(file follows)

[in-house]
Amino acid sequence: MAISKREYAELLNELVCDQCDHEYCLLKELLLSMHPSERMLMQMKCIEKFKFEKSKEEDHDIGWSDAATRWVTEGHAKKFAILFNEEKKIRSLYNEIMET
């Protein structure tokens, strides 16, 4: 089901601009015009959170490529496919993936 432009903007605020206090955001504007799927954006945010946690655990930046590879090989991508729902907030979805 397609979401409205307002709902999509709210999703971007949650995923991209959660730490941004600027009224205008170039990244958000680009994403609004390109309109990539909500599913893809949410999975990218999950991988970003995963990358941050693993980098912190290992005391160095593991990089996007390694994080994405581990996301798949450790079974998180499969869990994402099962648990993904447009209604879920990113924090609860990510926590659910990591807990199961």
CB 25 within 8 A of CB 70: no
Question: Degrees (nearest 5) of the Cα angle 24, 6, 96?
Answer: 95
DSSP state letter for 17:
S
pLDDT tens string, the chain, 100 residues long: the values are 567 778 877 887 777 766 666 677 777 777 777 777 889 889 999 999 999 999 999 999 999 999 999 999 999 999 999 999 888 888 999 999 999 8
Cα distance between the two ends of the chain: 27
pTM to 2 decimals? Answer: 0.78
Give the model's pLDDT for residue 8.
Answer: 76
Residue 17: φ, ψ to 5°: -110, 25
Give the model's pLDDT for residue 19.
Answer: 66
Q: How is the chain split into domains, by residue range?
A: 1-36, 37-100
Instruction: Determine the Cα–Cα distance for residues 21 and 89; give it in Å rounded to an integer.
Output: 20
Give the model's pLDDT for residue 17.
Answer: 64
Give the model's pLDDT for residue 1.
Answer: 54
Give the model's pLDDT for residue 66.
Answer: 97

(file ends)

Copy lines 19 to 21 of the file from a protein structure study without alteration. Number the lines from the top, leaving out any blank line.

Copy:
Instruction: Determine the Cα–Cα distance for residues 21 and 89; give it in Å rounded to an integer.
Output: 20
Give the model's pLDDT for residue 17.